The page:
Moab is the seat of two national parks, a Bureau of Land Management office which manages 1.8 million acres, two U.S. Geologic Service offices, and a Forest Service office. Collectively, the federal government is one of the biggest employers in Grand County and undeniably the most powerful economic force in Southeast Utah.

Sustainable recreation, resource extraction, grazing and wildlife rely on science to inform evidence-based management. The women and men who work in scientific fields directly for the federal government or who use federal lands and resources for non-governmental science work care deeply about their work, the benefits they provide to community, contributing to the scientific cannon, and the public generally. This government shutdown, as other shutdowns have in the past, comes at a significant and radiating economic and social cost.

The implications of the ongoing partial government shutdown on science is substantial and irrevocable. Even a few days of missing data can have big and lasting impacts on continuous, long-term or time sensitive studies. Opportunities for collaborations, conferences and grant applications — all necessary for science advancement and dissemination — are being delayed or cancelled. Permits for research or regulatory science can’t be issued. The natural and cultural resources land managers are tasked with protecting are, without doubt, being adversely affected, vandalized, or lost without federal employees and volunteers monitoring them or teaching visitors respectful stewardship focused practices.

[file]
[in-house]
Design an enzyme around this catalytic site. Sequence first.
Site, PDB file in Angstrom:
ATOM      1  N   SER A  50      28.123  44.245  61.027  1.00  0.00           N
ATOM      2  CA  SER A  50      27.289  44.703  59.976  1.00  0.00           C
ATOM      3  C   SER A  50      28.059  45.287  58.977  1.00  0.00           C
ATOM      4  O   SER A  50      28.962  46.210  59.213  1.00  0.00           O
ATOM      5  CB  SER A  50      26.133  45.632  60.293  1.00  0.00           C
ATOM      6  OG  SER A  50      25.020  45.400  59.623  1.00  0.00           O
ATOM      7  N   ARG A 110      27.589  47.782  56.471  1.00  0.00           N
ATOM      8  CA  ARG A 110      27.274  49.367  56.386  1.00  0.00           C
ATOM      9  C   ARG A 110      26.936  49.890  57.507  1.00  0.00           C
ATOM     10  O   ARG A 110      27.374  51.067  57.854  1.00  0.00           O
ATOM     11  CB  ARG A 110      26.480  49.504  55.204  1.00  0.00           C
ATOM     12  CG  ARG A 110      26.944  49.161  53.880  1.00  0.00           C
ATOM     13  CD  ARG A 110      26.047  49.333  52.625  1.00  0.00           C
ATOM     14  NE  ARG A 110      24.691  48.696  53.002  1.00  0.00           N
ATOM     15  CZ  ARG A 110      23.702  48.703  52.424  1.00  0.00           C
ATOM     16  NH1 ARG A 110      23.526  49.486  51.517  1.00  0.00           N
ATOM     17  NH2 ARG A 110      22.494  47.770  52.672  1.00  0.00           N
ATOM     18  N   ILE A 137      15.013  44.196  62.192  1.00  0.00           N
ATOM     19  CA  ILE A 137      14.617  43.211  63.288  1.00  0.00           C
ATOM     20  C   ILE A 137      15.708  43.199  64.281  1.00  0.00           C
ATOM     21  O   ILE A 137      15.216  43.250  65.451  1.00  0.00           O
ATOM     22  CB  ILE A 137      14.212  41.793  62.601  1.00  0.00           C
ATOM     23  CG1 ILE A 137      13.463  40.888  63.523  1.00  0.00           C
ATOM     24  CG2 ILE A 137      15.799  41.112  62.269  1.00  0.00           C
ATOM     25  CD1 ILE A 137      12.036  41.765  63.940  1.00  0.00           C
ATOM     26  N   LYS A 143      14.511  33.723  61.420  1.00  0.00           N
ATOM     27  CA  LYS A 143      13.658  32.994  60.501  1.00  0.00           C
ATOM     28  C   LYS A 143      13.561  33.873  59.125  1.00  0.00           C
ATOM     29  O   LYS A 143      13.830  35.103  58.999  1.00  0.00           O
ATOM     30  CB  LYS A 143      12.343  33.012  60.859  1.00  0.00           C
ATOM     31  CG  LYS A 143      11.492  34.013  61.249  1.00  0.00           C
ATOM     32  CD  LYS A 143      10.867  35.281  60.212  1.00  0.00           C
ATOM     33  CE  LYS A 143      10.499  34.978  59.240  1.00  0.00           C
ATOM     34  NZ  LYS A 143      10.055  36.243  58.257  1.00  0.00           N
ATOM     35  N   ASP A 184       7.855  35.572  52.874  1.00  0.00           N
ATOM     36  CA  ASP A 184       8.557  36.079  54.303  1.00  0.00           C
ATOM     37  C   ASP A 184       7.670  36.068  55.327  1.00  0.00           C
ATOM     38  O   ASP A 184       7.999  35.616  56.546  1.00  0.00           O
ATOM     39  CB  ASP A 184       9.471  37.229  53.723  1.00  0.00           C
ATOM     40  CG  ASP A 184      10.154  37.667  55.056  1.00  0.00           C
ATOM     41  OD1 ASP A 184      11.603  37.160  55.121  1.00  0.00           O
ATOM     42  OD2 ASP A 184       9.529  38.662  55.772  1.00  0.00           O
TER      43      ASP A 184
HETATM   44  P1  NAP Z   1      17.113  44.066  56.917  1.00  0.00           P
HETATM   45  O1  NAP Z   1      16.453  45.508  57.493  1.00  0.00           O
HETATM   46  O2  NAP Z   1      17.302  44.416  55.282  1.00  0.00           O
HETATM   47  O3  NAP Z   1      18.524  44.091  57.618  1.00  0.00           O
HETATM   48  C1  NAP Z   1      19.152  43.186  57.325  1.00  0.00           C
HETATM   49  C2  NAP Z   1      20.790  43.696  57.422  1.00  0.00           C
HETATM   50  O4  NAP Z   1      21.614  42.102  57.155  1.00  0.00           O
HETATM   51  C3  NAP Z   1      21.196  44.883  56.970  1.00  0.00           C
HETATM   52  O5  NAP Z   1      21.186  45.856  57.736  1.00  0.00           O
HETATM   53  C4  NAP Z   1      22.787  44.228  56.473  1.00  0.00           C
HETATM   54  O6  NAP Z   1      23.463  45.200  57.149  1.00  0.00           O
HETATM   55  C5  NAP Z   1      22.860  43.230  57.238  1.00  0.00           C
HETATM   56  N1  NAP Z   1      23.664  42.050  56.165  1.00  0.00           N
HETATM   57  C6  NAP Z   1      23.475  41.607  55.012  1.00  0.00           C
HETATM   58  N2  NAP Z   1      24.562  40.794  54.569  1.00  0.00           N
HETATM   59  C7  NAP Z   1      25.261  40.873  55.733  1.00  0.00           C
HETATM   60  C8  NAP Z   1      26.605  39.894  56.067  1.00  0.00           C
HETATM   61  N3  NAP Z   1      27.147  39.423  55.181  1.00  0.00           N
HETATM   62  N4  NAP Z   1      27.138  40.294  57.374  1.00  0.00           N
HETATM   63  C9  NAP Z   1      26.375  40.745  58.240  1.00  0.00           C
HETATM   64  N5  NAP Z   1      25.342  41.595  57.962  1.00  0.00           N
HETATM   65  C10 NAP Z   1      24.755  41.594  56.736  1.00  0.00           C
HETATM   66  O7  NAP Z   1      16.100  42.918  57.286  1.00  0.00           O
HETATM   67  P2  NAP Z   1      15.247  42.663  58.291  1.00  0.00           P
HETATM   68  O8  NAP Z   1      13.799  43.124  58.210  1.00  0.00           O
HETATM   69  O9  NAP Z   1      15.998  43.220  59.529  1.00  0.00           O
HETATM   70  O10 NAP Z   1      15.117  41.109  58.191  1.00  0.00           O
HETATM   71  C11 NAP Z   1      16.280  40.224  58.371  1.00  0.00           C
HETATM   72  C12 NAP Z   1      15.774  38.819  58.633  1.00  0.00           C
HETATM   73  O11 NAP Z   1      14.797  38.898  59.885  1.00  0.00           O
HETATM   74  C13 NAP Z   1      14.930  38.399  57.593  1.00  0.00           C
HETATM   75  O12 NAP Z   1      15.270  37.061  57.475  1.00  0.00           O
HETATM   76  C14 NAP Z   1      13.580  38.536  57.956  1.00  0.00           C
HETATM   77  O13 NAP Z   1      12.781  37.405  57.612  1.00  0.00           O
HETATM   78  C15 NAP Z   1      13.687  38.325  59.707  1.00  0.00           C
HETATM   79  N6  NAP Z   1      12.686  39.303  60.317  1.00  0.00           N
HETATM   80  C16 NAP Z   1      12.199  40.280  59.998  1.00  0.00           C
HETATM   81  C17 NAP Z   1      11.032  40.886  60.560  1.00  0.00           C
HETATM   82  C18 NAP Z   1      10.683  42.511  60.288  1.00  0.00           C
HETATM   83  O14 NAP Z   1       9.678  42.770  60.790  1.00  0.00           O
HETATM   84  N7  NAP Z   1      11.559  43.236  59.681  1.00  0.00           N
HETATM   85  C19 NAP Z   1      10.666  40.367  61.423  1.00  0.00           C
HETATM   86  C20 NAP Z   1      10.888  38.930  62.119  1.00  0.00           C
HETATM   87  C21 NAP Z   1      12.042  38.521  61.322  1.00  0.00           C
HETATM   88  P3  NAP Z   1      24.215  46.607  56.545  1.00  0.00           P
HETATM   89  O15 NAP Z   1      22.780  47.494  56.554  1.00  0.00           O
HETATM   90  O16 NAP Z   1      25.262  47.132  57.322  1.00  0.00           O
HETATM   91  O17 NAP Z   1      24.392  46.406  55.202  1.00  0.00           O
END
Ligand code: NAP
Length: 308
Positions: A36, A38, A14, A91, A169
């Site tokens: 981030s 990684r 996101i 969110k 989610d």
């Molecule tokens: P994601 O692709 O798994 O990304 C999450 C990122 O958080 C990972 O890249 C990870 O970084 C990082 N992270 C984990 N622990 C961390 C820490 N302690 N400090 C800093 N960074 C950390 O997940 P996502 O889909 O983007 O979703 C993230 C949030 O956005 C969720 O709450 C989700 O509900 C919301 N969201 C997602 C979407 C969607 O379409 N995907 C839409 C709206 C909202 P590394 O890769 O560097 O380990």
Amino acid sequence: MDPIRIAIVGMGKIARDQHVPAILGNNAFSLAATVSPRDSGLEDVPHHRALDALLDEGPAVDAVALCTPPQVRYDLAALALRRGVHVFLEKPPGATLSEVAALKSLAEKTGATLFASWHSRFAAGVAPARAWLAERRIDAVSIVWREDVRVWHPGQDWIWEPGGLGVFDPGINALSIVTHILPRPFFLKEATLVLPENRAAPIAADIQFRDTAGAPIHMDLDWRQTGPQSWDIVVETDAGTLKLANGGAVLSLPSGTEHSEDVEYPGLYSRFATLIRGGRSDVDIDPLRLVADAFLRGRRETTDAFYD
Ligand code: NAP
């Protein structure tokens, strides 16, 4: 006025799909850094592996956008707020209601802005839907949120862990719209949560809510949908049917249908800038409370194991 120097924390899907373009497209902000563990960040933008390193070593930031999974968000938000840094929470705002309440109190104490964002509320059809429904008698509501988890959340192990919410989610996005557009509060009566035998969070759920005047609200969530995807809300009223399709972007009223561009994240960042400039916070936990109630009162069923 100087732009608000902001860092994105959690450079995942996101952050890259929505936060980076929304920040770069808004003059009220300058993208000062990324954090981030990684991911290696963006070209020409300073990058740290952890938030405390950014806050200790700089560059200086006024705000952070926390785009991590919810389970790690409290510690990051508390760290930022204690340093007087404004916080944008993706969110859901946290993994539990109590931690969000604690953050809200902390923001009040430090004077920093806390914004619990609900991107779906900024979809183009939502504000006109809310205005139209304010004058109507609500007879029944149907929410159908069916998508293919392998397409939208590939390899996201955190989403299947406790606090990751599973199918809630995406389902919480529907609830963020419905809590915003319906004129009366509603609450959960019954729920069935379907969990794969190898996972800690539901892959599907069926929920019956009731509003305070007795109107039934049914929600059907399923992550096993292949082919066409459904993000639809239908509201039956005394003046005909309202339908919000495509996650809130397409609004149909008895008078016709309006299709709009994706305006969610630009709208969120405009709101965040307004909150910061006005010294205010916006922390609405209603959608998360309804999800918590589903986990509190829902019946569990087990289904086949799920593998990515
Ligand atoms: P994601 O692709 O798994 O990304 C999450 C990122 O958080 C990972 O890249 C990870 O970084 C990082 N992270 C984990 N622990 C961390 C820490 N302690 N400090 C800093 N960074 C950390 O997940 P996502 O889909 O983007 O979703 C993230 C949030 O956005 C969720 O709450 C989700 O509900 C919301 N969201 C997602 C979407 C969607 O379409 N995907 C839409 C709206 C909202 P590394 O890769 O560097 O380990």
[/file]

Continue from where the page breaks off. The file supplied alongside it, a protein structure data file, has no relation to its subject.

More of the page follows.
The partial shutdown is preventing government agencies from hiring new personnel needed for the fast approaching spring season, a time when agencies typically staff visitors centers, campgrounds, and science based projects. Many federal programs may be unable to operate at full staff this year. Similarly, some scientific projects may be cancelled altogether. A large portion of federal budgets require allocated funds to be spent within a specified period of time. If not used during that timeframe, that money, which was hard won, is lost.

Southeast Utah is a mecca of science. We value the people who work to advance science here. We value the government agencies that facilitate, promote and regard scientific qualities and resources here. One has to wonder though, in the third week of this shutdown, the third in 12 months, can the people who do governmental science sustain themselves with this kind of professional volatility? We are the beneficiaries of the good work of well-respected, hardworking, thoughtful scientists who work for and with federal agencies. Without the best minds working to understand our federal lands and resources and the pressing problems we face, our ability to manage and adapt suffers, and so do we. Yet each shutdown is a setback to effective and objective land and resource management.

Undoubtedly, many federal employees across the country are looking for new positions that offer them better professional security. Science is a fundamental and integral part of federal government functioning. More can and should be done to prevent government shutdowns and their radiating impacts.

As citizens, we have a responsibility to the government that works for us. To our elected officials: stand up for the women and men who do such good and important work in science, and all avenues of effective, safe, and beneficial government functioning. Uninterrupted funding matters.

Hannah Russell

Hannah Russell is an archaeologist based in Moab and the co-leader of 500 Women Scientists, Southeast Utah. She has a master’s degree in anthropology and is especially interested in big picture landscape science and management.